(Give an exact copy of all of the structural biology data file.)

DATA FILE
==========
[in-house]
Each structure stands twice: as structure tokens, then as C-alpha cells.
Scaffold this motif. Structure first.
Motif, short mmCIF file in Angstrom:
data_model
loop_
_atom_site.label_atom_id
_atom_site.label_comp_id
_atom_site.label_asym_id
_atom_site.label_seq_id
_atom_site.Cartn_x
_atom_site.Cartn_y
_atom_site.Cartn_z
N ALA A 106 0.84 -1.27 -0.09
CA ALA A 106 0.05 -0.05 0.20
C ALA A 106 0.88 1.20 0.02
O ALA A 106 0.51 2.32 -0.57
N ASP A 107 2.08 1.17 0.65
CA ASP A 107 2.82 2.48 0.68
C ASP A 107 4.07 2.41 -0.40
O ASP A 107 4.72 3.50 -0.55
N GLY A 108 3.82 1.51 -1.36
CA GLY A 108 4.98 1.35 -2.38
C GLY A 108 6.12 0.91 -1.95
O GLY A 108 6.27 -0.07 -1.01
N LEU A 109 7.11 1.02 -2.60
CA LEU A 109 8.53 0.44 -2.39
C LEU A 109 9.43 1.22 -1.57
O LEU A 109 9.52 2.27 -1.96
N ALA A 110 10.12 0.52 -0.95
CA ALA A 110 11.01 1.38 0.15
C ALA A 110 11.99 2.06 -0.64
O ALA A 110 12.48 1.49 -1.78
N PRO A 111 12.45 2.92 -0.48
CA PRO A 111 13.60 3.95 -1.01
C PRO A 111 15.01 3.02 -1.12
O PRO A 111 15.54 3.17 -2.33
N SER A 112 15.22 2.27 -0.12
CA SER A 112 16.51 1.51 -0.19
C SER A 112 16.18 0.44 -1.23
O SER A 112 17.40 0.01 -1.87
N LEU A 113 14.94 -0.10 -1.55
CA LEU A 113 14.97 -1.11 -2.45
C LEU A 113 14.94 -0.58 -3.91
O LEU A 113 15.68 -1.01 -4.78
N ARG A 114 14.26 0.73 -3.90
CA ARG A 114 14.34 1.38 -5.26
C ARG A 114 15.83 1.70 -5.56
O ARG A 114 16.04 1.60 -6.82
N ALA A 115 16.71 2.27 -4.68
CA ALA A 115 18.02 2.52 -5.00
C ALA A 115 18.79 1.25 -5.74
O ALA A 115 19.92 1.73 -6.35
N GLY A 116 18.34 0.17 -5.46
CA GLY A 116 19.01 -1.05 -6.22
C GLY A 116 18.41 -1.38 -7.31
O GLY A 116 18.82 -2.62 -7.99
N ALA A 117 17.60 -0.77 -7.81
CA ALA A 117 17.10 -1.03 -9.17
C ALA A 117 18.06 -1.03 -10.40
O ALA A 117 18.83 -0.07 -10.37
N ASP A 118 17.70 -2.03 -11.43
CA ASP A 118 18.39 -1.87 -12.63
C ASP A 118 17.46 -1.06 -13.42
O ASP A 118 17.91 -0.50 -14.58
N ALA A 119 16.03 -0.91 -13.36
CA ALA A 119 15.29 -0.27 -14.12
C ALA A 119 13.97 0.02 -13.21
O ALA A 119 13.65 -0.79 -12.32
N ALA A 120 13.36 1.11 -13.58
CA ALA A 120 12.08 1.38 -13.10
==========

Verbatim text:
[in-house]
Each structure stands twice: as structure tokens, then as C-alpha cells.
Scaffold this motif. Structure first.
Motif, short mmCIF file in Angstrom:
data_model
loop_
_atom_site.label_atom_id
_atom_site.label_comp_id
_atom_site.label_asym_id
_atom_site.label_seq_id
_atom_site.Cartn_x
_atom_site.Cartn_y
_atom_site.Cartn_z
N ALA A 106 0.84 -1.27 -0.09
CA ALA A 106 0.05 -0.05 0.20
C ALA A 106 0.88 1.20 0.02
O ALA A 106 0.51 2.32 -0.57
N ASP A 107 2.08 1.17 0.65
CA ASP A 107 2.82 2.48 0.68
C ASP A 107 4.07 2.41 -0.40
O ASP A 107 4.72 3.50 -0.55
N GLY A 108 3.82 1.51 -1.36
CA GLY A 108 4.98 1.35 -2.38
C GLY A 108 6.12 0.91 -1.95
O GLY A 108 6.27 -0.07 -1.01
N LEU A 109 7.11 1.02 -2.60
CA LEU A 109 8.53 0.44 -2.39
C LEU A 109 9.43 1.22 -1.57
O LEU A 109 9.52 2.27 -1.96
N ALA A 110 10.12 0.52 -0.95
CA ALA A 110 11.01 1.38 0.15
C ALA A 110 11.99 2.06 -0.64
O ALA A 110 12.48 1.49 -1.78
N PRO A 111 12.45 2.92 -0.48
CA PRO A 111 13.60 3.95 -1.01
C PRO A 111 15.01 3.02 -1.12
O PRO A 111 15.54 3.17 -2.33
N SER A 112 15.22 2.27 -0.12
CA SER A 112 16.51 1.51 -0.19
C SER A 112 16.18 0.44 -1.23
O SER A 112 17.40 0.01 -1.87
N LEU A 113 14.94 -0.10 -1.55
CA LEU A 113 14.97 -1.11 -2.45
C LEU A 113 14.94 -0.58 -3.91
O LEU A 113 15.68 -1.01 -4.78
N ARG A 114 14.26 0.73 -3.90
CA ARG A 114 14.34 1.38 -5.26
C ARG A 114 15.83 1.70 -5.56
O ARG A 114 16.04 1.60 -6.82
N ALA A 115 16.71 2.27 -4.68
CA ALA A 115 18.02 2.52 -5.00
C ALA A 115 18.79 1.25 -5.74
O ALA A 115 19.92 1.73 -6.35
N GLY A 116 18.34 0.17 -5.46
CA GLY A 116 19.01 -1.05 -6.22
C GLY A 116 18.41 -1.38 -7.31
O GLY A 116 18.82 -2.62 -7.99
N ALA A 117 17.60 -0.77 -7.81
CA ALA A 117 17.10 -1.03 -9.17
C ALA A 117 18.06 -1.03 -10.40
O ALA A 117 18.83 -0.07 -10.37
N ASP A 118 17.70 -2.03 -11.43
CA ASP A 118 18.39 -1.87 -12.63
C ASP A 118 17.46 -1.06 -13.42
O ASP A 118 17.91 -0.50 -14.58
N ALA A 119 16.03 -0.91 -13.36
CA ALA A 119 15.29 -0.27 -14.12
C ALA A 119 13.97 0.02 -13.21
O ALA A 119 13.65 -0.79 -12.32
N ALA A 120 13.36 1.11 -13.58
CA ALA A 120 12.08 1.38 -13.10